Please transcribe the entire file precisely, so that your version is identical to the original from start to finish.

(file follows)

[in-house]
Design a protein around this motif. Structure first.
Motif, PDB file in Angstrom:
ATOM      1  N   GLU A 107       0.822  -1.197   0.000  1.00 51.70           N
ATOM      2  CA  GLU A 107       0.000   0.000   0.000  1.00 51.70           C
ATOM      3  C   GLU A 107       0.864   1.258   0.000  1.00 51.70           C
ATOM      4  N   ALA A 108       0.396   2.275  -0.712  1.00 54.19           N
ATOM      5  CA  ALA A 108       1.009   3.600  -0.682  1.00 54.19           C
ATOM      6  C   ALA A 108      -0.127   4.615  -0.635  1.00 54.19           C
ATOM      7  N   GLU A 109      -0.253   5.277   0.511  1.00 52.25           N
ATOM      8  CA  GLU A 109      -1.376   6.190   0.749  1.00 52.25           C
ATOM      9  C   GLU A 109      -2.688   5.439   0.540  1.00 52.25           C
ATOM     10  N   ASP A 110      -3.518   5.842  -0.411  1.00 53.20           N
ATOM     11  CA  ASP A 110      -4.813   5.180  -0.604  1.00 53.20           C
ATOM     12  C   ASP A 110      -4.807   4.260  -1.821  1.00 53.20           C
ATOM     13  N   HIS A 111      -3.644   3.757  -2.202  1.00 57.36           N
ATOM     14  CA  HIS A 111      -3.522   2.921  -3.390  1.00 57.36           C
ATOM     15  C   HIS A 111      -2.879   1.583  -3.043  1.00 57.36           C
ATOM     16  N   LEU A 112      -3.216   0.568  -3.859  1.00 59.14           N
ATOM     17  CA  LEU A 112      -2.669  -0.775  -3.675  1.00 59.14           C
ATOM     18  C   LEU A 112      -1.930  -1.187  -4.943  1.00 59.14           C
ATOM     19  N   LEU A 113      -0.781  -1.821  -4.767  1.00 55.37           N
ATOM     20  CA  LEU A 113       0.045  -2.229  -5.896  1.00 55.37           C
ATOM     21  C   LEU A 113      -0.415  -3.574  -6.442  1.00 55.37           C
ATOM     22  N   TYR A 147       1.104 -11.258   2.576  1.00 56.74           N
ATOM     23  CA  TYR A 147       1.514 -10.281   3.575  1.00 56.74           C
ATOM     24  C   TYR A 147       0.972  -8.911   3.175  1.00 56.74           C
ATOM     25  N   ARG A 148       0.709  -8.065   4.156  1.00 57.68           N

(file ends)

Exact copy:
[in-house]
Design a protein around this motif. Structure first.
Motif, PDB file in Angstrom:
ATOM      1  N   GLU A 107       0.822  -1.197   0.000  1.00 51.70           N
ATOM      2  CA  GLU A 107       0.000   0.000   0.000  1.00 51.70           C
ATOM      3  C   GLU A 107       0.864   1.258   0.000  1.00 51.70           C
ATOM      4  N   ALA A 108       0.396   2.275  -0.712  1.00 54.19           N
ATOM      5  CA  ALA A 108       1.009   3.600  -0.682  1.00 54.19           C
ATOM      6  C   ALA A 108      -0.127   4.615  -0.635  1.00 54.19           C
ATOM      7  N   GLU A 109      -0.253   5.277   0.511  1.00 52.25           N
ATOM      8  CA  GLU A 109      -1.376   6.190   0.749  1.00 52.25           C
ATOM      9  C   GLU A 109      -2.688   5.439   0.540  1.00 52.25           C
ATOM     10  N   ASP A 110      -3.518   5.842  -0.411  1.00 53.20           N
ATOM     11  CA  ASP A 110      -4.813   5.180  -0.604  1.00 53.20           C
ATOM     12  C   ASP A 110      -4.807   4.260  -1.821  1.00 53.20           C
ATOM     13  N   HIS A 111      -3.644   3.757  -2.202  1.00 57.36           N
ATOM     14  CA  HIS A 111      -3.522   2.921  -3.390  1.00 57.36           C
ATOM     15  C   HIS A 111      -2.879   1.583  -3.043  1.00 57.36           C
ATOM     16  N   LEU A 112      -3.216   0.568  -3.859  1.00 59.14           N
ATOM     17  CA  LEU A 112      -2.669  -0.775  -3.675  1.00 59.14           C
ATOM     18  C   LEU A 112      -1.930  -1.187  -4.943  1.00 59.14           C
ATOM     19  N   LEU A 113      -0.781  -1.821  -4.767  1.00 55.37           N
ATOM     20  CA  LEU A 113       0.045  -2.229  -5.896  1.00 55.37           C
ATOM     21  C   LEU A 113      -0.415  -3.574  -6.442  1.00 55.37           C
ATOM     22  N   TYR A 147       1.104 -11.258   2.576  1.00 56.74           N
ATOM     23  CA  TYR A 147       1.514 -10.281   3.575  1.00 56.74           C
ATOM     24  C   TYR A 147       0.972  -8.911   3.175  1.00 56.74           C
ATOM     25  N   ARG A 148       0.709  -8.065   4.156  1.00 57.68           N